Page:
7. A pallet comprising a pair of end frame membershaving a pair of upstanding standards connected to a base portion by a pair of curved portions, an upwardly curved member connected to each end frame member and adapted to receive the load carried by said pallet, each of said upwardly curved members having ends connected to said end frame member above the curved portions to thereby transfer stresses from the load to the upstanding standards, and each of said upwardly curved members connected intermediate the ends to said base portion, and transverse members interconnecting said pair of end frame members adjacent the bases thereof.
8. A pallet as set forth in claim 7 in which said transverse members are connected partly to said end frame members and partly to the upwardly curved members.
9. A pallet for carrying and transporting heavy loads comprising a pair of tubular end frame members of substantially U-shaped contour having vertically extending tubular end portions and a substantially horizontally extending base portion, a U-shaped beam extending longitudinal between the vertically extending end portions of each end frame member and connected at opposite ends to the lower ends of said vertically extending end portions, a body portion connecting said U-shaped beam intermediate the ends thereof in spaced relation above said base portion of said end frame member, and transverse members interconnecting said pair of end frame members adjacent the bases thereof whereby the top surfaces of said U-shaped beams are operative to receive the load carried by the pallet.
10. A pallet as set forth in claim 9 in which said body portion comprises a generally rectangular vertical wall portion connected between said horizontally extending base portion and said U-shaped beam, and a pair of arouate vertical wall portions connected on opposite sides of said rectangular vertical wall portion between the curved portions of said U-shaped end frame member and the curved portions of said U-shaped beam for reinforcing the end frame member.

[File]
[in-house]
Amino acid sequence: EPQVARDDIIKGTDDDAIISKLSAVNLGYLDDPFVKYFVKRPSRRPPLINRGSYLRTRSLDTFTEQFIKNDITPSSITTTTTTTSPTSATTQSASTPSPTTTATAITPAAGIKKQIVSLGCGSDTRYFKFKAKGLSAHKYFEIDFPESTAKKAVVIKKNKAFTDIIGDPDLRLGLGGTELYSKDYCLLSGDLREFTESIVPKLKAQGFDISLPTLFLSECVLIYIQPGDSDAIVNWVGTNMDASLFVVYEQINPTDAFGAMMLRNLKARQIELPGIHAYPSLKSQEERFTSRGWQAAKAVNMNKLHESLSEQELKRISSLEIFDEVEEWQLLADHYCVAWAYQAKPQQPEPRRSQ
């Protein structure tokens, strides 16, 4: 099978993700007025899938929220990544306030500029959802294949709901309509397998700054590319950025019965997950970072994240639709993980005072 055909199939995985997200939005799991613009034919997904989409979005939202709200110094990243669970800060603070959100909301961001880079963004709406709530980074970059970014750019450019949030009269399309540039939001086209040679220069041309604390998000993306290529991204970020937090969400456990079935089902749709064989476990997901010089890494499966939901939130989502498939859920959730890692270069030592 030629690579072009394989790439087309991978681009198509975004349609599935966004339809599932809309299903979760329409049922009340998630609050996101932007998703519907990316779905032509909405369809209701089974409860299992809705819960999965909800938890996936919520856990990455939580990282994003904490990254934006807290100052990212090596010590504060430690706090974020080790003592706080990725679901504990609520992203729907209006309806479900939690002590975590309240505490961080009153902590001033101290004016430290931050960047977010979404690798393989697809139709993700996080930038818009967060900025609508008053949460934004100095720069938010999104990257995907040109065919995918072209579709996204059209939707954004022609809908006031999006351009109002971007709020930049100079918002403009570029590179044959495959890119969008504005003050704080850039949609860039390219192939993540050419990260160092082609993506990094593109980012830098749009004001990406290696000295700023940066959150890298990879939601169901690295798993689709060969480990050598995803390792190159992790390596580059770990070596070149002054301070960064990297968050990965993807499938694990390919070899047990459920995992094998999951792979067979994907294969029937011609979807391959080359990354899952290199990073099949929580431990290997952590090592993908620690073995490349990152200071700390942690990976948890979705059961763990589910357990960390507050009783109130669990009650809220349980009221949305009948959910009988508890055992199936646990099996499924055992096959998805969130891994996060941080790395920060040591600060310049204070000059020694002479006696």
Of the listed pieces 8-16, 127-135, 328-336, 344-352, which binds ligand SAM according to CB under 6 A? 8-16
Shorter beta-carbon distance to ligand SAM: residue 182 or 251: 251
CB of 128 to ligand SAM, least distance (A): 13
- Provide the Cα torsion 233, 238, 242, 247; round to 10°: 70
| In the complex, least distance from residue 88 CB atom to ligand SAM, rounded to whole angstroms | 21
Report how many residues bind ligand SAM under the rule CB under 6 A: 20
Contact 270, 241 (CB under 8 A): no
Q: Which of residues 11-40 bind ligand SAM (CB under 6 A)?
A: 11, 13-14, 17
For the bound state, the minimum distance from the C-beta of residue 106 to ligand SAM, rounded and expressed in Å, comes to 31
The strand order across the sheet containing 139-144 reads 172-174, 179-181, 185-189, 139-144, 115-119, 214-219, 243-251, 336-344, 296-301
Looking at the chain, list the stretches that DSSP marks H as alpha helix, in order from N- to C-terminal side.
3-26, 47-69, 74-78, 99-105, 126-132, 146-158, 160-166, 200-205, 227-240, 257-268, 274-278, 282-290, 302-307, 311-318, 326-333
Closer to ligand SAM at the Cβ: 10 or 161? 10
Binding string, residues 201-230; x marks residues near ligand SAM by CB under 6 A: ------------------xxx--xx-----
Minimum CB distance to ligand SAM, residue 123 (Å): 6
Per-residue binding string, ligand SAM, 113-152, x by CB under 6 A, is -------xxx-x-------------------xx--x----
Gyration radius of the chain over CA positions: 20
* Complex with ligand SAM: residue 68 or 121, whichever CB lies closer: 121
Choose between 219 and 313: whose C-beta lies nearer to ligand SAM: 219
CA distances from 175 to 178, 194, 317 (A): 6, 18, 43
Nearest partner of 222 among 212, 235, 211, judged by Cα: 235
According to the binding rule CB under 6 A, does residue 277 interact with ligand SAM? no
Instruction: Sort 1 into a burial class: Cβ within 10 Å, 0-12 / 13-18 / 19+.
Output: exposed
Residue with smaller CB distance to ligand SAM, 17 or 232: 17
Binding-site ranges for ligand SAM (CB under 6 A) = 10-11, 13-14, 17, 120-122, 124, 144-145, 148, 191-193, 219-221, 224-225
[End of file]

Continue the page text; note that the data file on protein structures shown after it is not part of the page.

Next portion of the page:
References Cited by the Examiner UNITED STATES PATENTS 502,967 8/93 Hetrick et a1 182-217 1,021,280 3/12 Ungar 182-140 2,529,752 11/50 Whittle 2145 17 CLAUDE A. LE ROY, Primary Examiner.
|Cited Patent||Filing date||Publication date||Applicant||Title|
|US502967 *||Apr 12, 1893||Aug 8, 1893||william t|
|US1021280 *||Jun 30, 1911||Mar 26, 1912||Martin Ungar||Life-saving net.|
|US2529752 *||May 14, 1948||Nov 14, 1950||Whittle Charles E||Method and apparatus for loading and transporting logs and other materials|
|Citing Patent||Filing date||Publication date||Applicant||Title|
|US4223818 *||Aug 30, 1979||Sep 23, 1980||Johnson Carl O||Wood carrier|
|US4294364 *||Feb 16, 1979||Oct 13, 1981||Bilbrey Donald L||Log cradle|
|US4454950 *||Dec 18, 1981||Jun 19, 1984||Stefanelli Paul J||Collapsible receptacle for storage of bulk items|
|US4509650 *||May 11, 1983||Apr 9, 1985||Robert Wilgosz||Combined firewood rack and fumigator|
|US4643307 *||Feb 7, 1986||Feb 17, 1987||Don Wilkinson||Packing arrangement for articles of different size|
|US5195643 *||Dec 23, 1991||Mar 23, 1993||Reynolds Metals Company||Deli bag dispenser|
|US5280933 *||Jul 27, 1992||Jan 25, 1994||Finneyfrock David N||Tip over resistant, debris retaining omni directionally mobilized rack for wood logs|
|US5941398 *||Jan 20, 1998||Aug 24, 1999||Harris; David A.||Foldable log rack and method|
|US6910835 *||Jan 6, 2004||Jun 28, 2005||Fiber King||Modular fiber log erosion and sediment control barrier|
|US20040141816 *||Jan 6, 2004||Jul 22, 2004||Spangler J. Eric||Modular fiber log erosion and sediment control barrier|
|DE19728417C1 *||Jul 3, 1997||Feb 25, 1999||Gerhard Schumann||Stone block used as storage rack for firewood|
|EP2389303A1 *||Jan 18, 2010||Nov 30, 2011||SSAB Technology AB||Platform body|
|WO2014047055A1 *||Sep 17, 2013||Mar 27, 2014||Knight Oil Tools, Llc||Modular pipe basket|
|U.S. Classification||211/60.1, 211/49.1, 414/500|
|International Classification||B60P1/04, B60P1/28|